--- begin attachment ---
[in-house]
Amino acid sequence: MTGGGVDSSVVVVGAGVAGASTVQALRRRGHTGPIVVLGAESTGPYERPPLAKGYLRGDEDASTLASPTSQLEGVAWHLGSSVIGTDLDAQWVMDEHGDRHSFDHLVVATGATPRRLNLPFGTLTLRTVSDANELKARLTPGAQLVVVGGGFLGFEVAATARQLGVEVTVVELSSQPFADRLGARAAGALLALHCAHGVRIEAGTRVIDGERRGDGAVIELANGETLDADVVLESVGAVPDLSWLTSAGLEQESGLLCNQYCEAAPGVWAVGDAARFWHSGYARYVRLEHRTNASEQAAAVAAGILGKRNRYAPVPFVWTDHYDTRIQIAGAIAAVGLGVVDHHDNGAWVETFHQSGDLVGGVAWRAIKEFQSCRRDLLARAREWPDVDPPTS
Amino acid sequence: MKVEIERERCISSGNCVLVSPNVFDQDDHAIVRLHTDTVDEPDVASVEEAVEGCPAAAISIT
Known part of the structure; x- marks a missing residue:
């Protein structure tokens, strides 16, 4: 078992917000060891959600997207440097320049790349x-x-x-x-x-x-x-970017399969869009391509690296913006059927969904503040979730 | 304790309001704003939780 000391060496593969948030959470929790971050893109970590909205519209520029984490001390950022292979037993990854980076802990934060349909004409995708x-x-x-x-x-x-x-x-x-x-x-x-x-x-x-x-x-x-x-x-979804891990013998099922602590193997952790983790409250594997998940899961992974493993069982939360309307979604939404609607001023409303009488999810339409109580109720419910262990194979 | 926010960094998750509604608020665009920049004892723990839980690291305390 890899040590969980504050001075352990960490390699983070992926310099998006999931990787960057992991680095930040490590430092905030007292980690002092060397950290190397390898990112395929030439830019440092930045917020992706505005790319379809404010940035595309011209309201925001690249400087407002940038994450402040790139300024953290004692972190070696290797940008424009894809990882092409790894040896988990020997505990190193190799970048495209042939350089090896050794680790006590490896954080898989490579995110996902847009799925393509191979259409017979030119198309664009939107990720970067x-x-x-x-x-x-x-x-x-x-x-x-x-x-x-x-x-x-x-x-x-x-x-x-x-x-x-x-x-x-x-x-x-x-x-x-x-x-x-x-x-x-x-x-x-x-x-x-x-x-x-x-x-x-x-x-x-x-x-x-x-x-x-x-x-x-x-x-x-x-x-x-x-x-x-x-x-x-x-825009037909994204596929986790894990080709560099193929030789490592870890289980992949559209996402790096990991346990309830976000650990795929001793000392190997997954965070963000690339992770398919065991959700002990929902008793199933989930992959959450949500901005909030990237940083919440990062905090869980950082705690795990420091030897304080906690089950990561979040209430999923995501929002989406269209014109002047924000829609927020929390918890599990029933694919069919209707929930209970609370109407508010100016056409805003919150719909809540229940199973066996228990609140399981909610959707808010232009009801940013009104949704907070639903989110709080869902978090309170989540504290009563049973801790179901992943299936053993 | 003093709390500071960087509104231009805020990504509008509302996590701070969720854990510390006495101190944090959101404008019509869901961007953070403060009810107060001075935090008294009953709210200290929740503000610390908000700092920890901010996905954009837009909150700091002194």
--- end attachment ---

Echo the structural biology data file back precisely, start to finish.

[in-house]
Amino acid sequence: MTGGGVDSSVVVVGAGVAGASTVQALRRRGHTGPIVVLGAESTGPYERPPLAKGYLRGDEDASTLASPTSQLEGVAWHLGSSVIGTDLDAQWVMDEHGDRHSFDHLVVATGATPRRLNLPFGTLTLRTVSDANELKARLTPGAQLVVVGGGFLGFEVAATARQLGVEVTVVELSSQPFADRLGARAAGALLALHCAHGVRIEAGTRVIDGERRGDGAVIELANGETLDADVVLESVGAVPDLSWLTSAGLEQESGLLCNQYCEAAPGVWAVGDAARFWHSGYARYVRLEHRTNASEQAAAVAAGILGKRNRYAPVPFVWTDHYDTRIQIAGAIAAVGLGVVDHHDNGAWVETFHQSGDLVGGVAWRAIKEFQSCRRDLLARAREWPDVDPPTS
Amino acid sequence: MKVEIERERCISSGNCVLVSPNVFDQDDHAIVRLHTDTVDEPDVASVEEAVEGCPAAAISIT
Known part of the structure; x- marks a missing residue:
């Protein structure tokens, strides 16, 4: 078992917000060891959600997207440097320049790349x-x-x-x-x-x-x-970017399969869009391509690296913006059927969904503040979730 | 304790309001704003939780 000391060496593969948030959470929790971050893109970590909205519209520029984490001390950022292979037993990854980076802990934060349909004409995708x-x-x-x-x-x-x-x-x-x-x-x-x-x-x-x-x-x-x-x-979804891990013998099922602590193997952790983790409250594997998940899961992974493993069982939360309307979604939404609607001023409303009488999810339409109580109720419910262990194979 | 926010960094998750509604608020665009920049004892723990839980690291305390 890899040590969980504050001075352990960490390699983070992926310099998006999931990787960057992991680095930040490590430092905030007292980690002092060397950290190397390898990112395929030439830019440092930045917020992706505005790319379809404010940035595309011209309201925001690249400087407002940038994450402040790139300024953290004692972190070696290797940008424009894809990882092409790894040896988990020997505990190193190799970048495209042939350089090896050794680790006590490896954080898989490579995110996902847009799925393509191979259409017979030119198309664009939107990720970067x-x-x-x-x-x-x-x-x-x-x-x-x-x-x-x-x-x-x-x-x-x-x-x-x-x-x-x-x-x-x-x-x-x-x-x-x-x-x-x-x-x-x-x-x-x-x-x-x-x-x-x-x-x-x-x-x-x-x-x-x-x-x-x-x-x-x-x-x-x-x-x-x-x-x-x-x-x-x-825009037909994204596929986790894990080709560099193929030789490592870890289980992949559209996402790096990991346990309830976000650990795929001793000392190997997954965070963000690339992770398919065991959700002990929902008793199933989930992959959450949500901005909030990237940083919440990062905090869980950082705690795990420091030897304080906690089950990561979040209430999923995501929002989406269209014109002047924000829609927020929390918890599990029933694919069919209707929930209970609370109407508010100016056409805003919150719909809540229940199973066996228990609140399981909610959707808010232009009801940013009104949704907070639903989110709080869902978090309170989540504290009563049973801790179901992943299936053993 | 003093709390500071960087509104231009805020990504509008509302996590701070969720854990510390006495101190944090959101404008019509869901961007953070403060009810107060001075935090008294009953709210200290929740503000610390908000700092920890901010996905954009837009909150700091002194």